Many well-fought battles of 1962, where the Indian Army displayed its bravery and halted China's push, come to mind straightaway, despite artificially created narratives to the contrary. These include the Nathu La action of 1967; the Sumdrong Chu speedy riposte and more recently the actions at Yangtse in the Tawang Sector of Arunachal Pradesh, in December 2022.

Yet, all we do is organise yet another military level conference that has yielded nothing worthwhile, along with periodic diplomatic discussions, where China dictates and our diplomats listen. The way we deal with such important issues as sovereignty must change, otherwise we are bound to lose everything. We need to wake up and bite the bullet.

It is a shame that we are sitting in a defensive mode along the Line of Control (LC) in J&K since 1949; on the Actual Ground Position Line (AGPL) in Siachen since 1984; along the border with China in Sikkim and Arunachal Pradesh since the 1980's and now with boosted troops since 2020; and not forgetting the huge deployment in Eastern Ladakh since the major incursion by the PLA since 2020. Why are our leaders so shaky and devoid of any thinking, or have they abrogated their responsibilities? If so, to whom?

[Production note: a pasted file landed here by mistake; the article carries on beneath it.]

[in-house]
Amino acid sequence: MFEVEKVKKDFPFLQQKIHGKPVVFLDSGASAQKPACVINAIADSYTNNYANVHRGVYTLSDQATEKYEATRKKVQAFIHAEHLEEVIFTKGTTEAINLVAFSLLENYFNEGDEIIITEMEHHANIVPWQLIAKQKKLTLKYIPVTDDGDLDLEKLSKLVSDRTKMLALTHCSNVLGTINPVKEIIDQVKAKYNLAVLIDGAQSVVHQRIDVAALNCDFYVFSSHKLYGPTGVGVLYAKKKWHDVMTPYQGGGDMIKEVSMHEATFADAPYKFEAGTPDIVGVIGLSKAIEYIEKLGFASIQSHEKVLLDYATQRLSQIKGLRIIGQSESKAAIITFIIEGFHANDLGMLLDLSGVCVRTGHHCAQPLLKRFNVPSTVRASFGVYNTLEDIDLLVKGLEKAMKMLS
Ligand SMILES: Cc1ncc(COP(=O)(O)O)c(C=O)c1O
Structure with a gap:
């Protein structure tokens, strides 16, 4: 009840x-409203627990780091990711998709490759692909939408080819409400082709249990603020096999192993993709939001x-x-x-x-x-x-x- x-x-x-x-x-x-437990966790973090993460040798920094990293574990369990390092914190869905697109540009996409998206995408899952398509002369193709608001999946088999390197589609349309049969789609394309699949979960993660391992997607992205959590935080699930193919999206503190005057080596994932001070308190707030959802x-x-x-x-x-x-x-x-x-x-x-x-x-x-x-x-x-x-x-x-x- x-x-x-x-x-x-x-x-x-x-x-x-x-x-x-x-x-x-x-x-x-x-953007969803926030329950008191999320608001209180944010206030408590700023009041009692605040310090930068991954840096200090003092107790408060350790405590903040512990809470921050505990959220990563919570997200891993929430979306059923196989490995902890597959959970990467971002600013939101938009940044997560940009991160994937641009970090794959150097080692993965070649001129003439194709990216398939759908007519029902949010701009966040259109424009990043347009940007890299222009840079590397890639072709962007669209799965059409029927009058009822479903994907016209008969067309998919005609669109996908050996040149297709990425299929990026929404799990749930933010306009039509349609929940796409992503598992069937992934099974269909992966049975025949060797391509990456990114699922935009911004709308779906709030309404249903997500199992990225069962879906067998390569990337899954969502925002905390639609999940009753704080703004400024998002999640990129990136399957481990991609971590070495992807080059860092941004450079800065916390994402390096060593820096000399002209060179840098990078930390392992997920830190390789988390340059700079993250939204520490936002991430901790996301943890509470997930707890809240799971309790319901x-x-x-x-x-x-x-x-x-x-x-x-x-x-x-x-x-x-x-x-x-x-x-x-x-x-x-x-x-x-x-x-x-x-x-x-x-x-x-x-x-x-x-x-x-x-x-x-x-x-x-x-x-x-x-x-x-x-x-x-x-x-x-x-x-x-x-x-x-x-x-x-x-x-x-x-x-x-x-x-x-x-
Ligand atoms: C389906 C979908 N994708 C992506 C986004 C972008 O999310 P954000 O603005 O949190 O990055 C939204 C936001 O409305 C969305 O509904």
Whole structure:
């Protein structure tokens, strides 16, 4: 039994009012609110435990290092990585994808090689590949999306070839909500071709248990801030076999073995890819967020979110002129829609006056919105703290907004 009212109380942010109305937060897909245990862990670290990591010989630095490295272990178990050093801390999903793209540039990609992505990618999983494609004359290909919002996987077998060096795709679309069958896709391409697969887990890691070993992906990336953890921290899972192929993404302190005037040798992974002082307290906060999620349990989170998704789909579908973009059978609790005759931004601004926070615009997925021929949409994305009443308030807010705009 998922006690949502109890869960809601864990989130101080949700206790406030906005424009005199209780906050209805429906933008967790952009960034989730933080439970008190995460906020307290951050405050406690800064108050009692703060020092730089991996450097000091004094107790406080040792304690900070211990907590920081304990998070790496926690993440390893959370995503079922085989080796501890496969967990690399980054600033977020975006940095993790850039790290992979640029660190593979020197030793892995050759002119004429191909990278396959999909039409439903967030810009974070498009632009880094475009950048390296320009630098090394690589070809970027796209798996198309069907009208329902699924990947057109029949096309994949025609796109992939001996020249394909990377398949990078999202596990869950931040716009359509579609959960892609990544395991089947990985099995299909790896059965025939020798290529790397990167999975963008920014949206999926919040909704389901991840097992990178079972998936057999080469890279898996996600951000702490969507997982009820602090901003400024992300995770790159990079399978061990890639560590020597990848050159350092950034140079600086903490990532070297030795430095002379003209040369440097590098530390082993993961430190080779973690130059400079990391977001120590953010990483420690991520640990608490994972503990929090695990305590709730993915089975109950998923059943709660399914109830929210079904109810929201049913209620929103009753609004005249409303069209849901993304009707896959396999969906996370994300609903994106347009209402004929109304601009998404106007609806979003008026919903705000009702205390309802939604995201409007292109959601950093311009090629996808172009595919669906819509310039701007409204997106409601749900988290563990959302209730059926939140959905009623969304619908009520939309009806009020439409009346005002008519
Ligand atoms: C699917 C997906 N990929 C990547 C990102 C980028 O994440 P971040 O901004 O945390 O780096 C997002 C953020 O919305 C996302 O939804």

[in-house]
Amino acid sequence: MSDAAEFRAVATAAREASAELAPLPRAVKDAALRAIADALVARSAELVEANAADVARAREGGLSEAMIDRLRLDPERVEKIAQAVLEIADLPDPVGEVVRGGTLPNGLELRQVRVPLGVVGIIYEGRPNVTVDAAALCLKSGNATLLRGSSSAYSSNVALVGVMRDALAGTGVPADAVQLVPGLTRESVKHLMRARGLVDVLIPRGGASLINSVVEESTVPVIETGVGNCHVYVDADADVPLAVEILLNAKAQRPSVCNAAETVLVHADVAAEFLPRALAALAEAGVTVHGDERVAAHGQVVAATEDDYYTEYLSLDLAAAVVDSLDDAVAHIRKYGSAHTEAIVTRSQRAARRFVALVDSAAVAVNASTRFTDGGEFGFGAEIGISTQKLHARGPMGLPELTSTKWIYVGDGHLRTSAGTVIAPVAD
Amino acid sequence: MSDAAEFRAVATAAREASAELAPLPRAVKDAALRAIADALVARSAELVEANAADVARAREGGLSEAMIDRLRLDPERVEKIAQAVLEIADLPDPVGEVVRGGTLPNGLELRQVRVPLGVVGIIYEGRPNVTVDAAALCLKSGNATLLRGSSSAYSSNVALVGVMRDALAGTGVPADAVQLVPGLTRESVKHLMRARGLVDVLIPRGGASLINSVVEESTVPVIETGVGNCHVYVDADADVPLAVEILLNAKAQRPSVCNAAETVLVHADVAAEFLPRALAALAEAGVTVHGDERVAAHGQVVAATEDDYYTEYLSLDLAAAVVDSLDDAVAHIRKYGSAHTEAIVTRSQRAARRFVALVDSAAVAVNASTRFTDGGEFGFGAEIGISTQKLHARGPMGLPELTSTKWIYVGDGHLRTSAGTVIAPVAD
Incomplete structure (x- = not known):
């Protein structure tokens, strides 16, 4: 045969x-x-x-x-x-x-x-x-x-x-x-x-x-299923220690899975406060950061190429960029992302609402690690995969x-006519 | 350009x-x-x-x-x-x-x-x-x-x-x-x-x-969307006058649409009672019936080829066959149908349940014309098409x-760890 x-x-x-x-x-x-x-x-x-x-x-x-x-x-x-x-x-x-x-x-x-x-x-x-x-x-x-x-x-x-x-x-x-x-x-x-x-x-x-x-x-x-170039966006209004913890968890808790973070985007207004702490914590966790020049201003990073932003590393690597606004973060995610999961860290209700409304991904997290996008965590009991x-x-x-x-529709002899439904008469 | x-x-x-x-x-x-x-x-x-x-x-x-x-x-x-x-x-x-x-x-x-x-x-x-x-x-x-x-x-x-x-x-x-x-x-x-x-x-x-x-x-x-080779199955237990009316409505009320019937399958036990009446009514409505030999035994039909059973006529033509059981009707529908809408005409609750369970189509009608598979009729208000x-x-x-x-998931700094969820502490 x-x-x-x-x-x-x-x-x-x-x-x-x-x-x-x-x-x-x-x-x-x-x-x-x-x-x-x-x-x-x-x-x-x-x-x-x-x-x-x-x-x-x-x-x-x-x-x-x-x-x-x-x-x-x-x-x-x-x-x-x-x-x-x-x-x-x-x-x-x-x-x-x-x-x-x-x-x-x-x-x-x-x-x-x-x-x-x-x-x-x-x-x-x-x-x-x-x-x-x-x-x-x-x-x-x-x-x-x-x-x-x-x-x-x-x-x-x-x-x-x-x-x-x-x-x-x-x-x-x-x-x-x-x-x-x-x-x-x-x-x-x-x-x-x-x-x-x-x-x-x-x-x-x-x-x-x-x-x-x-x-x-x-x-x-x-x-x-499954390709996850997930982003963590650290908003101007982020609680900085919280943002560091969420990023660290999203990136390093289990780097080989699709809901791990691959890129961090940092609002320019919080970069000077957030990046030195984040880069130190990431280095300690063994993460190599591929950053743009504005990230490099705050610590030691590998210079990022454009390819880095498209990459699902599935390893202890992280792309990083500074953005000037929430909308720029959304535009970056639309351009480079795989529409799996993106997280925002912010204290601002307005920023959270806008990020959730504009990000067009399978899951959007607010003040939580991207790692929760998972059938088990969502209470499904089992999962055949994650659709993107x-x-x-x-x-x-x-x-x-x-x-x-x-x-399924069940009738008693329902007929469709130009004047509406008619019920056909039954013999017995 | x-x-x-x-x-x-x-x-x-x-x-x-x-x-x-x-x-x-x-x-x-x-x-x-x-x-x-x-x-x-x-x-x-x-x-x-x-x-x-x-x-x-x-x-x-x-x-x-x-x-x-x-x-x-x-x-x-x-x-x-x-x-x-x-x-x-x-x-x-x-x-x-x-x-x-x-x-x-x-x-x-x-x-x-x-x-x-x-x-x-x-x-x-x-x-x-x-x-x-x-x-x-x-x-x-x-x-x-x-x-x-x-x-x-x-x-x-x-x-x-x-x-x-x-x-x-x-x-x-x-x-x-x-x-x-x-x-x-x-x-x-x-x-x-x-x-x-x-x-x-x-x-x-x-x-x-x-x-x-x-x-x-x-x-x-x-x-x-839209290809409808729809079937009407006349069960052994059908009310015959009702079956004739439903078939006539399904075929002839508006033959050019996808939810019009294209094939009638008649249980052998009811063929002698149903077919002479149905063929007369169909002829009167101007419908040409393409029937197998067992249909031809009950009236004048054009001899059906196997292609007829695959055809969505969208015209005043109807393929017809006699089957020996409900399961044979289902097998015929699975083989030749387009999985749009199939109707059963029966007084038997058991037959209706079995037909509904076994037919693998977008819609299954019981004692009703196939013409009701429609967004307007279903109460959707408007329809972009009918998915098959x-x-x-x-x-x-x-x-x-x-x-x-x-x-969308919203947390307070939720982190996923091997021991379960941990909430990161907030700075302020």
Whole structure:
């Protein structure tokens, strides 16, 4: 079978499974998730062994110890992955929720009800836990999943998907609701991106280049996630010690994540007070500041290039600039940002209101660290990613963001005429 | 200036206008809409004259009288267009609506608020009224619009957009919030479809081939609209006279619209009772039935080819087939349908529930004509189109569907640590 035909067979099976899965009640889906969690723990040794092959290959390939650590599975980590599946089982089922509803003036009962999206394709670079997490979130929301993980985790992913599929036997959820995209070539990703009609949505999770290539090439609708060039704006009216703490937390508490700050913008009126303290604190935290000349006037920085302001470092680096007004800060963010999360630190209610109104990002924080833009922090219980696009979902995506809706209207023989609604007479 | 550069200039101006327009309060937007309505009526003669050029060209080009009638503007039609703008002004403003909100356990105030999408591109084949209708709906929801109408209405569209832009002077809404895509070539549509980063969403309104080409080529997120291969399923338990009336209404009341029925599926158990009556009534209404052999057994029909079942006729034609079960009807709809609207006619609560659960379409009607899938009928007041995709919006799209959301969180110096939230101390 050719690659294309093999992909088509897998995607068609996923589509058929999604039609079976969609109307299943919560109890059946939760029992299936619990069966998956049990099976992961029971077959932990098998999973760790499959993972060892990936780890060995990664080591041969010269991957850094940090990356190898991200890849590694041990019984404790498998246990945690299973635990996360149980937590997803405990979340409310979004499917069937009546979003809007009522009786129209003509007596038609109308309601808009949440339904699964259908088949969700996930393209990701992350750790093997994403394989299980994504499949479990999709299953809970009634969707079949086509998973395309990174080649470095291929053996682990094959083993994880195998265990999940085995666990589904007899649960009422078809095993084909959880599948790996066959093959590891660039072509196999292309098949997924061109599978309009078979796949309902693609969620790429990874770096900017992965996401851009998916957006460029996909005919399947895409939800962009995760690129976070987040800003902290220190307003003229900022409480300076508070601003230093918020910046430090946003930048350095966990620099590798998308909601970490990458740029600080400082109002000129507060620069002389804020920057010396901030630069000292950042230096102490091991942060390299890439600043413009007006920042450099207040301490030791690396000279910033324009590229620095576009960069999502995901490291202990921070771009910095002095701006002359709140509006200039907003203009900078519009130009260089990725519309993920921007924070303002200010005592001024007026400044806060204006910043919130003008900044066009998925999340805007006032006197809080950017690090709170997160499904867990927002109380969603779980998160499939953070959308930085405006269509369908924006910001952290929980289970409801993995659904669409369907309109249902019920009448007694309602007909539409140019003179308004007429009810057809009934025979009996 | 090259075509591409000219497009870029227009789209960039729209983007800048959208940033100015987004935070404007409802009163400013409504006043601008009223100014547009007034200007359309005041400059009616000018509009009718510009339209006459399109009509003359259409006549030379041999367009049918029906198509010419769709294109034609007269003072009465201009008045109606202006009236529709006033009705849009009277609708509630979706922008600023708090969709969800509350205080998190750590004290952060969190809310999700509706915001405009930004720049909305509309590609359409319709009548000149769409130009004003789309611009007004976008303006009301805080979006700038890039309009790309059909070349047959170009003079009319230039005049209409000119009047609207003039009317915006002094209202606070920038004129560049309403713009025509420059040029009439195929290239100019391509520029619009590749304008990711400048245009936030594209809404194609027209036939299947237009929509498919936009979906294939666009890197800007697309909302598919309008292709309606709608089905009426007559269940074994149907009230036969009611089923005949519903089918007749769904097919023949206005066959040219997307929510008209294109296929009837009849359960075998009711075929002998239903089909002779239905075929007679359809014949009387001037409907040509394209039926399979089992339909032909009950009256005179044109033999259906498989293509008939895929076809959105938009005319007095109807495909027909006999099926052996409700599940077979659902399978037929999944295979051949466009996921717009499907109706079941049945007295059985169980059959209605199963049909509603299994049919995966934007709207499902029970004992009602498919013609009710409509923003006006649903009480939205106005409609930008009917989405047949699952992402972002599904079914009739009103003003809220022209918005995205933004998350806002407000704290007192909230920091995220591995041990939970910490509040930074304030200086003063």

This is in stark contrast to the 1971 war when the Indian Military went on the offensive and produced startling results. This was due to unambiguous policy decisions of the then government, led by tall leaders. The Indian Military repeated it in the 1999 Kargil Border War, but due to placing embargos by the then government, not to cross the LC (reasons still unexplained), despite the then Army Chief advising that it should be done, the Army had to resort to frontal attacks on sheer cliffs.

The result was highly excessive casualties incurred on account of frontal attacks in the most difficult terrain imaginable. One analyst had rightly called the Kargil War as 'the last battle of World War I'!

The Indian Military thereafter has been awaiting a similar grand strategy, but alas our leaders are so immersed in electoral and internal battles; spreading hatred among communities and collecting funds by all means,that our political leadership and their ill-chosen advisers have forgotten about the nefarious activities of our adversaries, who continue to delay if not stop India's rise.